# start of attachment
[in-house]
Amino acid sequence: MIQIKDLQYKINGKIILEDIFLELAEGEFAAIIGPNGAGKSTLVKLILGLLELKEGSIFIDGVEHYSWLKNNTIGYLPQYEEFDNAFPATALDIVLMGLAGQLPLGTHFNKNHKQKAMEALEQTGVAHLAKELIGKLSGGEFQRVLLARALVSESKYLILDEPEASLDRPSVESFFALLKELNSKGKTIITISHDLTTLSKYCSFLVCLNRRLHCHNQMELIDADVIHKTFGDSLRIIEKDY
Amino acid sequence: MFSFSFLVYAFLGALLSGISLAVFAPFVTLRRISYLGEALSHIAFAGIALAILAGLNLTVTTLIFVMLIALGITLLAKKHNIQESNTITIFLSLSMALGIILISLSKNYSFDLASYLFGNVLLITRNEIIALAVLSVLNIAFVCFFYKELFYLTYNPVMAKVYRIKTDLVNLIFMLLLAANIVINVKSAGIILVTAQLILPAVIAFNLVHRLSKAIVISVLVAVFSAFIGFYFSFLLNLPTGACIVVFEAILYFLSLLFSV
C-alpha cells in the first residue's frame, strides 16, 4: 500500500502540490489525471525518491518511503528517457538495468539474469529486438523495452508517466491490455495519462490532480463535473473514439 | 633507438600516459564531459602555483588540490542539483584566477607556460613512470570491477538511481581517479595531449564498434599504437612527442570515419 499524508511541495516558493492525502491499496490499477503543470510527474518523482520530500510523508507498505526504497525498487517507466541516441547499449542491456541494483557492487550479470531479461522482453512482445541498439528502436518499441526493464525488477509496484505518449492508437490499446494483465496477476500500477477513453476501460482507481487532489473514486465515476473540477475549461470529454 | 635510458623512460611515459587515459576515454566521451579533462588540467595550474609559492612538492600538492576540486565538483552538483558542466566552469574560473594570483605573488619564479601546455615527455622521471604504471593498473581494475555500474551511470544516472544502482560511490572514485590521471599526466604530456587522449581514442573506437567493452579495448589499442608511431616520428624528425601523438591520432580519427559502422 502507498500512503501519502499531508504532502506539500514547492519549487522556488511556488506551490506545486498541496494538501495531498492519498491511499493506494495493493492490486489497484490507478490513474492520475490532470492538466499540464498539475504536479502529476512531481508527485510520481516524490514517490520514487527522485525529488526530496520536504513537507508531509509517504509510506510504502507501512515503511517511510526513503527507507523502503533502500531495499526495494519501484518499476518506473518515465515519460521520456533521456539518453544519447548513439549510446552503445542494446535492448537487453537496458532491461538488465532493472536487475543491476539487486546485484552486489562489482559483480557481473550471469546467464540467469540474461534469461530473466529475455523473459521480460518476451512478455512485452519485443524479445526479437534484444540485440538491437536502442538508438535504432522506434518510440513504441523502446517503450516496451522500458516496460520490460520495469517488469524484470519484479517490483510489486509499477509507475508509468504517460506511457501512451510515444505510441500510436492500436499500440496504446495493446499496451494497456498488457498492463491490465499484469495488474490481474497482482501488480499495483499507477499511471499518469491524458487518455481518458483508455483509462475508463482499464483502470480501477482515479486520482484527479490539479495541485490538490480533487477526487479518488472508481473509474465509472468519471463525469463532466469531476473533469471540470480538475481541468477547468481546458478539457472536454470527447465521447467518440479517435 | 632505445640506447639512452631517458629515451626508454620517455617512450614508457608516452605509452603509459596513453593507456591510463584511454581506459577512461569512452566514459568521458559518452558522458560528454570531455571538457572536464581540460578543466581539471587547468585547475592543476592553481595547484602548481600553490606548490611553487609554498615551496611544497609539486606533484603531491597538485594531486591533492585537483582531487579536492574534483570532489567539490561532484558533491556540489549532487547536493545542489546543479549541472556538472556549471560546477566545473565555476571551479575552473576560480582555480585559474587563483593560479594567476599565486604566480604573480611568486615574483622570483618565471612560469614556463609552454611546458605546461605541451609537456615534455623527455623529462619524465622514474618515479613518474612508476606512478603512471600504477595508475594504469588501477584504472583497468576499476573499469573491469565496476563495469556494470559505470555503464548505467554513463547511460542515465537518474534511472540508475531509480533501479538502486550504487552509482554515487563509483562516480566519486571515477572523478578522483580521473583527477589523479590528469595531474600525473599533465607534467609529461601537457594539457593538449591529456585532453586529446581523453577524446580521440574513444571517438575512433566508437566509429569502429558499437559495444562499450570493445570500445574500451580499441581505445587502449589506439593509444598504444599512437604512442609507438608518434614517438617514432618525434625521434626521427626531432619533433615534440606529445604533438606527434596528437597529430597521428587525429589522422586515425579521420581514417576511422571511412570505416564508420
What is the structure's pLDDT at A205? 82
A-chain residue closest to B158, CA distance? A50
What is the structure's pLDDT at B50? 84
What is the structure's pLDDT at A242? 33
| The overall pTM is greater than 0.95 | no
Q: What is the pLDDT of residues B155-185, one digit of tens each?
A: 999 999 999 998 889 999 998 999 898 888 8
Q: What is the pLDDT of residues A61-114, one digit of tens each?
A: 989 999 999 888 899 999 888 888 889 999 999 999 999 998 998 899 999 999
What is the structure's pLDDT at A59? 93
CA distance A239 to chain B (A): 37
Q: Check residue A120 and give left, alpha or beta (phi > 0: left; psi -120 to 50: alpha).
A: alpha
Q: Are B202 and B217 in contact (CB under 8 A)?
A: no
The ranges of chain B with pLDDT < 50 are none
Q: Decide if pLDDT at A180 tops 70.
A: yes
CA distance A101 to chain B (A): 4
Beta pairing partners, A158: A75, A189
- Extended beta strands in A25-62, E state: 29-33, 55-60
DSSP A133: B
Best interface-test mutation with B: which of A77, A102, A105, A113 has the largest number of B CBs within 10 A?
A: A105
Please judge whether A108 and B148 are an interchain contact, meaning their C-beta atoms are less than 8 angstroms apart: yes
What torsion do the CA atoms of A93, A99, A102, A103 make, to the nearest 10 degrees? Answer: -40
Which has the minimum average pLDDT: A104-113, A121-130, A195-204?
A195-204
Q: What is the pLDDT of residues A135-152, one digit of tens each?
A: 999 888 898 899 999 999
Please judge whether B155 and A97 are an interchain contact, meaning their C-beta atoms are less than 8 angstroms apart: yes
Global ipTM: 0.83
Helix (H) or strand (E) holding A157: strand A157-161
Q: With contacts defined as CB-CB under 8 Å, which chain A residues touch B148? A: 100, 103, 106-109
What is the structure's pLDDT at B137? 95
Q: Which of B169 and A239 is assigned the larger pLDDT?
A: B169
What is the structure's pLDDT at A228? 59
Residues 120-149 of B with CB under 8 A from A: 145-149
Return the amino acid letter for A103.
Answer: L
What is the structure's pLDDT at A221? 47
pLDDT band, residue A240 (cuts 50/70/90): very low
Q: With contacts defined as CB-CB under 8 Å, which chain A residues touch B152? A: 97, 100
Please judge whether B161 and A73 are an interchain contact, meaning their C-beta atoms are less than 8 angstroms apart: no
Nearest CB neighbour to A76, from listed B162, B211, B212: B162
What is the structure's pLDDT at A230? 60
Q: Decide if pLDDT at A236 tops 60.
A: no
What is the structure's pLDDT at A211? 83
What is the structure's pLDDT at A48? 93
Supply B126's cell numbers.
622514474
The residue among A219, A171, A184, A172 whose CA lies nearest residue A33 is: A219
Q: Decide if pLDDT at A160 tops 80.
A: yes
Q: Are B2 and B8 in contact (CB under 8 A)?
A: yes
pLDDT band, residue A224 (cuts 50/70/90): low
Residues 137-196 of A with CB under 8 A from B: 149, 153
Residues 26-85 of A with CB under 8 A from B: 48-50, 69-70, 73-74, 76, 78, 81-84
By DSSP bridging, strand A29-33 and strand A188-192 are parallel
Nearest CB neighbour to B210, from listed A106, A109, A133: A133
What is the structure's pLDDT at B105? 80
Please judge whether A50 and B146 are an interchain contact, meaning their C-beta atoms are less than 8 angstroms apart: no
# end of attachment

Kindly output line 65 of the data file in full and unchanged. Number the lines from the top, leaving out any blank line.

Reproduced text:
Residues 26-85 of A with CB under 8 A from B: 48-50, 69-70, 73-74, 76, 78, 81-84